Knowing Pakistan- Through Marvi Sirmed

Marvi Sirmed started her career as a journalist in 1990. She began working as an article writer. Sirmed’s Other positions include sub editor, editor of the women’s page, editor of the students’ page and member of investigative team in different national dailies, such as Daily News, Daily Jang, Khabrein. After that, she had worked with Crescent Model School and Pamir Knot College, as subject specialist in chemistry and English linguistics. She has also worked as the National Project Manager of a parliamentary development project for the United Nations Development Programme (UNDP), Strengthening Democracy through Parliamentary Development (SDPD) in Pakistan. In addition, she worked as an Institutional Development Specialist with the Ministry of Women Development (Government of Pakistan) and as a Policy Advocacy Specialist with National Commission on the Status of Women, as a UNDP expert.


What do you think Pakistan needs the most to strengthen its Democracy? Can you share some of your experience and learning during your work at- as the National Project Manager of a parliamentary development project for the United Nations Development Program (UNDP), Strengthening Democracy through Parliamentary Development (SDPD) in Pakistan?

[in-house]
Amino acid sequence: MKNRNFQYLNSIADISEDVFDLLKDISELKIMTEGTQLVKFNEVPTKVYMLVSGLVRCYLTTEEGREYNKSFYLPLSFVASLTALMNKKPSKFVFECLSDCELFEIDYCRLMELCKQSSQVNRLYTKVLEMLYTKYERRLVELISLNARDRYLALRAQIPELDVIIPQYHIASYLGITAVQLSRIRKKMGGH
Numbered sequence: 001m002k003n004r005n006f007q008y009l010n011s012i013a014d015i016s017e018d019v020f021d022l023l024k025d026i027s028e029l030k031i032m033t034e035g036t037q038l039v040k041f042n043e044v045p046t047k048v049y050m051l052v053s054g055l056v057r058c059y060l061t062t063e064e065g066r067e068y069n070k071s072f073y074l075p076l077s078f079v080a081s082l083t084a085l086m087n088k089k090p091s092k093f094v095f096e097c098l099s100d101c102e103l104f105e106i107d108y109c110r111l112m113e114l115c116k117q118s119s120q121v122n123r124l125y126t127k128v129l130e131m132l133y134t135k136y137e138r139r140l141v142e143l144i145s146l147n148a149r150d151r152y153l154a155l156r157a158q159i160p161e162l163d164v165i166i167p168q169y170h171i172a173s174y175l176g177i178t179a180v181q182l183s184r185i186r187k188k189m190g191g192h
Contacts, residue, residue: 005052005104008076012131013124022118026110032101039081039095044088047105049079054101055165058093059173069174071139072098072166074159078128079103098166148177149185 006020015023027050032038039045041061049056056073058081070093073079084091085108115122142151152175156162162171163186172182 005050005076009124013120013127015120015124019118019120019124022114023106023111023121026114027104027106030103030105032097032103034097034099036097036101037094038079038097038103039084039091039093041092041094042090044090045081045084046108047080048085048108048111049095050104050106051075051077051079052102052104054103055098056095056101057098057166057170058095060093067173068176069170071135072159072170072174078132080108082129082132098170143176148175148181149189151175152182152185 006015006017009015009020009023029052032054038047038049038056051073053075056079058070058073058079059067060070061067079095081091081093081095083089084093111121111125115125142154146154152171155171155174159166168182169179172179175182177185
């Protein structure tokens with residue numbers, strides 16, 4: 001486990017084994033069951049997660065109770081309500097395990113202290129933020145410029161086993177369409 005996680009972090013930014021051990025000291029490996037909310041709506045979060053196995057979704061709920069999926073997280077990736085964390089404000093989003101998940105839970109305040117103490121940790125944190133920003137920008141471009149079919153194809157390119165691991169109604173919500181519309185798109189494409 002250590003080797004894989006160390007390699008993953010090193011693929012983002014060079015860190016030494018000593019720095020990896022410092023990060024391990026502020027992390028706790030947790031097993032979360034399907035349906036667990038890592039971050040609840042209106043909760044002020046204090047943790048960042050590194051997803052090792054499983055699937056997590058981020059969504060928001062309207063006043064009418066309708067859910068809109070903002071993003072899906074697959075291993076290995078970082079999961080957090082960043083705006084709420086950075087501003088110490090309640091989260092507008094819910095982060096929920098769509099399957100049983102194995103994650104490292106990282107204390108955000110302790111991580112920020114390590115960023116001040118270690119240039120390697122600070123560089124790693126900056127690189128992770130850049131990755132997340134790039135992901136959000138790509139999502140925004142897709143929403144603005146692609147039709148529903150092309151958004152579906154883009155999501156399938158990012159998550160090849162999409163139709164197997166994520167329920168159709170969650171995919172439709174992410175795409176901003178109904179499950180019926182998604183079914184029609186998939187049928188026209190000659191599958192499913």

A populace who is convinced that Pakistan should have democratic system of governance and that democracy needs to be strengthened. It is disappointing and alarming that much of what we call youth ‘bulge’ has stopped believing that democracy could ‘deliver’ and could be a better system of governance. I dread when I think of Pakistan’s future where this thought is being seen as growing. It is dangerous. It is anti-people. But what could one say when people themselves are getting convinced of something that disempowers them.

This mindset, one must keep in mind, is product of an education system that embargoes a questioning mind, discourages critical thinking and produces hoards of loyal conformists. There have been forces in Pakistan who have benefitted from this trend. The ‘establishment’, as we call these forces, has been responsible for this confusion among the urban middle class. The political ambition of these forces of ‘establishment’ is another big challenge for a fledgling democracy in Pakistan.